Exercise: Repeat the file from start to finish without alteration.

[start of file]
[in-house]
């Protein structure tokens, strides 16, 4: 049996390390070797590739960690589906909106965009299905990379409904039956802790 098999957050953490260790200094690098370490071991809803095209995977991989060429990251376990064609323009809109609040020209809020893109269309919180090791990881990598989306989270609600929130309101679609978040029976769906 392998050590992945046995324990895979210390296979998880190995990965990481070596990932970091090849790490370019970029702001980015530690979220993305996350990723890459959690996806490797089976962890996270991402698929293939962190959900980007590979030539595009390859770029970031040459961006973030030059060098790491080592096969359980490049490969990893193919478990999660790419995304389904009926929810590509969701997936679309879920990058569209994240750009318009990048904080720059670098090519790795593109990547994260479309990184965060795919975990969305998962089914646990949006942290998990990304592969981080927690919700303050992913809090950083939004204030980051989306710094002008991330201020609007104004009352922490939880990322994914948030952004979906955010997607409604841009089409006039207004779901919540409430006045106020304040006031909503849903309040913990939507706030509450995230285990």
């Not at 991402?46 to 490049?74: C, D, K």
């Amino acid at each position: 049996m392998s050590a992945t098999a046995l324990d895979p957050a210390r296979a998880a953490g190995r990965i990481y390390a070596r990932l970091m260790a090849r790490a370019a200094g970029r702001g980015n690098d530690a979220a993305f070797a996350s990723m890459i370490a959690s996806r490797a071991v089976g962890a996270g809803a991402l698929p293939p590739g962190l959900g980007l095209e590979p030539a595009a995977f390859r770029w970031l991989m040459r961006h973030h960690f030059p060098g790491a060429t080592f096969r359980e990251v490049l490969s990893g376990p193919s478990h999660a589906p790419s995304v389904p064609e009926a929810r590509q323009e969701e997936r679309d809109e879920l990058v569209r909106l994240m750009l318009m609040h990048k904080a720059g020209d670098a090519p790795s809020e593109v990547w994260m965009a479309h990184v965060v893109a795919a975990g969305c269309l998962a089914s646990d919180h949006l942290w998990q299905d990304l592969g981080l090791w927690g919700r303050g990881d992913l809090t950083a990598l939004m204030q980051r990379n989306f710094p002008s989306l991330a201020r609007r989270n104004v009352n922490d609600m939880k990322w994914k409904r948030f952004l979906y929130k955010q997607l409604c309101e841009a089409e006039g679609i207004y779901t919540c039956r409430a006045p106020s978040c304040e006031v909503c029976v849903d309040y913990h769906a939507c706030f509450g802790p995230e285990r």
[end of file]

[in-house]
């Protein structure tokens, strides 16, 4: 049996390390070797590739960690589906909106965009299905990379409904039956802790 098999957050953490260790200094690098370490071991809803095209995977991989060429990251376990064609323009809109609040020209809020893109269309919180090791990881990598989306989270609600929130309101679609978040029976769906 392998050590992945046995324990895979210390296979998880190995990965990481070596990932970091090849790490370019970029702001980015530690979220993305996350990723890459959690996806490797089976962890996270991402698929293939962190959900980007590979030539595009390859770029970031040459961006973030030059060098790491080592096969359980490049490969990893193919478990999660790419995304389904009926929810590509969701997936679309879920990058569209994240750009318009990048904080720059670098090519790795593109990547994260479309990184965060795919975990969305998962089914646990949006942290998990990304592969981080927690919700303050992913809090950083939004204030980051989306710094002008991330201020609007104004009352922490939880990322994914948030952004979906955010997607409604841009089409006039207004779901919540409430006045106020304040006031909503849903309040913990939507706030509450995230285990």
């Not at 991402?46 to 490049?74: C, D, K």
């Amino acid at each position: 049996m392998s050590a992945t098999a046995l324990d895979p957050a210390r296979a998880a953490g190995r990965i990481y390390a070596r990932l970091m260790a090849r790490a370019a200094g970029r702001g980015n690098d530690a979220a993305f070797a996350s990723m890459i370490a959690s996806r490797a071991v089976g962890a996270g809803a991402l698929p293939p590739g962190l959900g980007l095209e590979p030539a595009a995977f390859r770029w970031l991989m040459r961006h973030h960690f030059p060098g790491a060429t080592f096969r359980e990251v490049l490969s990893g376990p193919s478990h999660a589906p790419s995304v389904p064609e009926a929810r590509q323009e969701e997936r679309d809109e879920l990058v569209r909106l994240m750009l318009m609040h990048k904080a720059g020209d670098a090519p790795s809020e593109v990547w994260m965009a479309h990184v965060v893109a795919a975990g969305c269309l998962a089914s646990d919180h949006l942290w998990q299905d990304l592969g981080l090791w927690g919700r303050g990881d992913l809090t950083a990598l939004m204030q980051r990379n989306f710094p002008s989306l991330a201020r609007r989270n104004v009352n922490d609600m939880k990322w994914k409904r948030f952004l979906y929130k955010q997607l409604c309101e841009a089409e006039g679609i207004y779901t919540c039956r409430a006045p106020s978040c304040e006031v909503c029976v849903d309040y913990h769906a939507c706030f509450g802790p995230e285990r």